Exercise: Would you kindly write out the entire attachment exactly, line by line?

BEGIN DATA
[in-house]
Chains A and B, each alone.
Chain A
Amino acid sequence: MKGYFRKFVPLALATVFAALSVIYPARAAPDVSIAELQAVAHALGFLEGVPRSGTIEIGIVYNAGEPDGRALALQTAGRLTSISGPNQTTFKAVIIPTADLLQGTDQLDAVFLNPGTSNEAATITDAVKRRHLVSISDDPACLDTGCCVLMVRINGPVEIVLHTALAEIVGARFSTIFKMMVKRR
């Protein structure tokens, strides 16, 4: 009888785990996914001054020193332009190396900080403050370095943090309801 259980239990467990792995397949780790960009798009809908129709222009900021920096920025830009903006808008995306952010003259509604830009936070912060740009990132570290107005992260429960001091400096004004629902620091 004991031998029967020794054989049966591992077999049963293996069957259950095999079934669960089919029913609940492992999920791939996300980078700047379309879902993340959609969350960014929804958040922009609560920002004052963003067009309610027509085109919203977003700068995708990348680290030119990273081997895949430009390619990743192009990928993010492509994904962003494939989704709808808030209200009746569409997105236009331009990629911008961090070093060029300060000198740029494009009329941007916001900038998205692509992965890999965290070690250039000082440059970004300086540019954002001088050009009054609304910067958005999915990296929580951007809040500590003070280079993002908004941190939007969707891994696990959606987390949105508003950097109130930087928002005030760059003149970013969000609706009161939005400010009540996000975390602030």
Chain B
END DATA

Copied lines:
[in-house]
Chains A and B, each alone.
Chain A
Amino acid sequence: MKGYFRKFVPLALATVFAALSVIYPARAAPDVSIAELQAVAHALGFLEGVPRSGTIEIGIVYNAGEPDGRALALQTAGRLTSISGPNQTTFKAVIIPTADLLQGTDQLDAVFLNPGTSNEAATITDAVKRRHLVSISDDPACLDTGCCVLMVRINGPVEIVLHTALAEIVGARFSTIFKMMVKRR
């Protein structure tokens, strides 16, 4: 009888785990996914001054020193332009190396900080403050370095943090309801 259980239990467990792995397949780790960009798009809908129709222009900021920096920025830009903006808008995306952010003259509604830009936070912060740009990132570290107005992260429960001091400096004004629902620091 004991031998029967020794054989049966591992077999049963293996069957259950095999079934669960089919029913609940492992999920791939996300980078700047379309879902993340959609969350960014929804958040922009609560920002004052963003067009309610027509085109919203977003700068995708990348680290030119990273081997895949430009390619990743192009990928993010492509994904962003494939989704709808808030209200009746569409997105236009331009990629911008961090070093060029300060000198740029494009009329941007916001900038998205692509992965890999965290070690250039000082440059970004300086540019954002001088050009009054609304910067958005999915990296929580951007809040500590003070280079993002908004941190939007969707891994696990959606987390949105508003950097109130930087928002005030760059003149970013969000609706009161939005400010009540996000975390602030």
Chain B